On balance the cash market averaged out to the loss side of the trading ledger Monday, but double-digit strength was noted at northeastern points, and deliveries into southern California points also registered gains. Futures markets headed south as revised weather forecasts called for an extended period of warmth throughout the eastern two-thirds of the country. At the end of futures trading April had fallen 12.9 cents to $2.355 and May had slid 12.8 cents to $2.472. April crude oil added two cents to $106.72/bbl.

“We have a couple of days of cold weather and our burn is up a little bit,” said a California utility manager. “It looks like the weather will come back to the low 70s again. It was 75 yesterday [Sunday], and the weather out here has been pretty erratic. I don’t think the screen is behaving like the weather or you would see a lot more price movement.”

“A brief, but sudden, big change is coming to the weather in California and the Southwest Tuesday into Wednesday. A storm rolling into the Northwest at the start of the week will blast the region with gusty winds and much colder air,” said AccuWeather.com meteorologist Alex Sosnowski. He added that in “the Sierra Nevada and other mountains of the West, the push of cold air will be accompanied by a period of snow. There is the potential for brief whiteout conditions as the leading edge of the cold air arrives.”

Quotes for southwest gas were firm. SoCal Citygate and SoCal Border were higher by a couple of pennies, and El Paso Southern Mainline added just over a nickel.

Farther north next-day prices lagged. Malin was seen a couple of cents lower, and PG&E Citygate was off by almost a nickel.

Quotes jumped by double digits on Northeast pipes as cooler temperatures were forecast. Super Tuesday elections were forecast to see cold temperatures in the Northeast. “A high pressure system will be anchored over the East, providing plenty of sunshine and light winds. It will be chilly across Vermont and Massachusetts with highs in the 30s. Milder weather will be farther south, with upper 40s and 50s across Virginia, while upper 50s and 60s will be across Georgia,” said AccuWeather.com meteorologist Andy Mussoline.

Tuesday deliveries on Algonquin soared close to 70 cents, and Dracut was quoted up by nearly a half dollar. Gas into Iroquois Waddington rose by nearly a quarter, and deliveries to Tennessee Zone 6 200L were just over 50 cents higher.

The large swings in the daily market barely registered on term deals. “On Friday April Algonquin traded at $2.375 to $2.385 and it’s $2.375 bid and $2.385 offered right now. It’s kind of funny. The Board has fallen 12 cents today, but the prompt Algonquin, [TetCo] M-3, and [TransCo] Z-6 haven’t moved at all,” said an eastern marketer.

“I don’t know if it was just one of those days, but the [northeast] basis didn’t move,” he said.

Prices slumped across the Midwest. At the Chicago Citygate next-day gas fell nearly a nickel, and on MichCon gas slipped just more than a nickel.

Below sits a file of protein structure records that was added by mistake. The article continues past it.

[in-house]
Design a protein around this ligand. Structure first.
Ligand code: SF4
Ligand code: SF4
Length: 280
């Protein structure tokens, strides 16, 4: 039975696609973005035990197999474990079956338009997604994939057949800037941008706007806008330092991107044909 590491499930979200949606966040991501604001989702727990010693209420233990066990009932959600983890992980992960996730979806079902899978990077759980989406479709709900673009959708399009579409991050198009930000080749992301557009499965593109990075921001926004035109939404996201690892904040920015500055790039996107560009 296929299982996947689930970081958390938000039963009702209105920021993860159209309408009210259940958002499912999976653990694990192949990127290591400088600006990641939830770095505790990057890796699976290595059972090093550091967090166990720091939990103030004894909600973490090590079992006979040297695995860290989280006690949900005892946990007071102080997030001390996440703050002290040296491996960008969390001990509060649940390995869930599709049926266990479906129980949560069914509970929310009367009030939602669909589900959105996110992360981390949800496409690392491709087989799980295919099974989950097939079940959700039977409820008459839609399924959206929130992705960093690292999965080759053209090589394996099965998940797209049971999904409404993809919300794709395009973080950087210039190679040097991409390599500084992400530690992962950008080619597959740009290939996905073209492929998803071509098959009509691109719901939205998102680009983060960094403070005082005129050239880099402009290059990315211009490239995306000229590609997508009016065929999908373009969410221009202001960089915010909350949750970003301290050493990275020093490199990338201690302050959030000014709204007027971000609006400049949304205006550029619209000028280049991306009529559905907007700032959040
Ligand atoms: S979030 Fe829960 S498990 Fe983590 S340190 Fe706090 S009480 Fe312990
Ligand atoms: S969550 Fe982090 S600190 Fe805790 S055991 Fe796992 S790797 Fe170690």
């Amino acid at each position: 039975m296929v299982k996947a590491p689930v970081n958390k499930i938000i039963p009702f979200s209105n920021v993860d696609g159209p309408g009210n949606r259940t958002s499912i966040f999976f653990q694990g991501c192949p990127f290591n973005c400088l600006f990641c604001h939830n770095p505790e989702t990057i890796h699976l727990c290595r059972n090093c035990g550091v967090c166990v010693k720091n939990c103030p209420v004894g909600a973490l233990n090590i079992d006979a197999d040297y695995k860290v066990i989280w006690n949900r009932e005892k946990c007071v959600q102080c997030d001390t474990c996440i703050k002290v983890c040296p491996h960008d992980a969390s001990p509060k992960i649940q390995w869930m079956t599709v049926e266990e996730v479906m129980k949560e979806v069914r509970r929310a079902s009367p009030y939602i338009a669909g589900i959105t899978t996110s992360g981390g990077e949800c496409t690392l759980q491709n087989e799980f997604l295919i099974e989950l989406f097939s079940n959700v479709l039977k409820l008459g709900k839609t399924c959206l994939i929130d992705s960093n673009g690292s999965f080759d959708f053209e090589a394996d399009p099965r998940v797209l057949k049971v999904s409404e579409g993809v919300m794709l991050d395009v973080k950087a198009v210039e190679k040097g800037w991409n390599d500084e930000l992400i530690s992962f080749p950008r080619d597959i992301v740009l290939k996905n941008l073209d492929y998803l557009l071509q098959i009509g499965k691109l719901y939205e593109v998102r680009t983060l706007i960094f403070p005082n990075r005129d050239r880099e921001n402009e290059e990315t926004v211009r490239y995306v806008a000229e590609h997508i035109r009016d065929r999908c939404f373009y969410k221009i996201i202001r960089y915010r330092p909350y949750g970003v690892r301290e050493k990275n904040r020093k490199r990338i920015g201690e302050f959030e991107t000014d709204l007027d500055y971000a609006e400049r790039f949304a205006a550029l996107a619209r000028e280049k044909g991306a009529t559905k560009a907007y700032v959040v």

Weather forecasts turned significantly warmer over the weekend. MDA Information Systems in its 11- to 15-day outlook shows above- to much-above-normal temperatures east of a broad arc extending from Montana to Colorado to New Mexico. “This period has trended even warmer than [Sunday] and the Friday ‘forecast of the forecast’ in keeping SA’s [significantly above normal temperatures] locked in longer and over a more expansive area.

“The setup as influenced by the strongly +EPO [Eastern Pacific Oscillation] has more of a late spring look than early to mid March, with strong ridging spread about the eastern half. This ridge will provide plenty of extremes, and record-setting warmth is certainly within the realm of possibilities. The West could see a slight expansion of belows as the core of the warmth moves into the Northeast, but major cold is not expected anywhere in this period.”

Futures traders see the day’s decline as potentially setting up more movement to the downside. “Our charts still show a fifth [Elliott] wave to go, and this is the fourth warmest winter in 100 years,” said a Washington, DC, broker.

“In the end there is just too much of the stuff around. We are starting to see the low price attract alternative demand. The Wall Street Journal said Ford and Chevy were developing natural gas pickups (see related article), but you are not going to see that [demand] instantaneously.”

Top traders see the fundamentals of supply and demand as still unfavorable, but for the moment there is no need to rush into short hedges. “The fundamental news flow continues to be negative, more than adequate supplies and mediocre demand,” said Mike DeVooght, president of DEVO Capital, a Colorado-based trading and risk management firm.

“It seems that the news that gave the market the boost in January has been forgotten for now. It might have made the bears pull back, but they will be back if we don’t start to see an uptick in demand or a drop in the storage numbers.” DeVooght said for now he will maintain current positions, but would “view any significant rally from current levels as an opportunity to do some forward sales in the summer strip.

“Our current producer hedges are about to run out. At this time and at these price levels, we are going to hold off on doing any sales for the summer strip.” DeVooght suggests to those interested in downside protection buying April-October $3 put options for a debit of 25-28 cents.

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